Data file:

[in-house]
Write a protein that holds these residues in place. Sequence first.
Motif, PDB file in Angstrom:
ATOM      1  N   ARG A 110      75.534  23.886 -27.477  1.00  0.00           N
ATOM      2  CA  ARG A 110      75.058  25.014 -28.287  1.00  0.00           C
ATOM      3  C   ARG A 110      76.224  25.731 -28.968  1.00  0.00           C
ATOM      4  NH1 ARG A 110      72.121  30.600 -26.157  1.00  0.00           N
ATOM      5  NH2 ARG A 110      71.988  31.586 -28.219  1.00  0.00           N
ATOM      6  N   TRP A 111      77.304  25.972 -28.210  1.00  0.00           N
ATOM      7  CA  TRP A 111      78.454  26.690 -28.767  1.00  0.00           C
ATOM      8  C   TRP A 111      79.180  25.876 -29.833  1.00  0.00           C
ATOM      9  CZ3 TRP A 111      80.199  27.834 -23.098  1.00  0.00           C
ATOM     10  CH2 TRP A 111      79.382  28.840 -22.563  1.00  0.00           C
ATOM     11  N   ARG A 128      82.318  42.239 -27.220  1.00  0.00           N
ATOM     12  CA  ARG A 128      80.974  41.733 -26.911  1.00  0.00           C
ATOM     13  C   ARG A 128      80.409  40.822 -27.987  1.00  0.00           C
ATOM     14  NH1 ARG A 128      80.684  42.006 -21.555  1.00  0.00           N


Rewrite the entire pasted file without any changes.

[in-house]
Write a protein that holds these residues in place. Sequence first.
Motif, PDB file in Angstrom:
ATOM      1  N   ARG A 110      75.534  23.886 -27.477  1.00  0.00           N
ATOM      2  CA  ARG A 110      75.058  25.014 -28.287  1.00  0.00           C
ATOM      3  C   ARG A 110      76.224  25.731 -28.968  1.00  0.00           C
ATOM      4  NH1 ARG A 110      72.121  30.600 -26.157  1.00  0.00           N
ATOM      5  NH2 ARG A 110      71.988  31.586 -28.219  1.00  0.00           N
ATOM      6  N   TRP A 111      77.304  25.972 -28.210  1.00  0.00           N
ATOM      7  CA  TRP A 111      78.454  26.690 -28.767  1.00  0.00           C
ATOM      8  C   TRP A 111      79.180  25.876 -29.833  1.00  0.00           C
ATOM      9  CZ3 TRP A 111      80.199  27.834 -23.098  1.00  0.00           C
ATOM     10  CH2 TRP A 111      79.382  28.840 -22.563  1.00  0.00           C
ATOM     11  N   ARG A 128      82.318  42.239 -27.220  1.00  0.00           N
ATOM     12  CA  ARG A 128      80.974  41.733 -26.911  1.00  0.00           C
ATOM     13  C   ARG A 128      80.409  40.822 -27.987  1.00  0.00           C
ATOM     14  NH1 ARG A 128      80.684  42.006 -21.555  1.00  0.00           N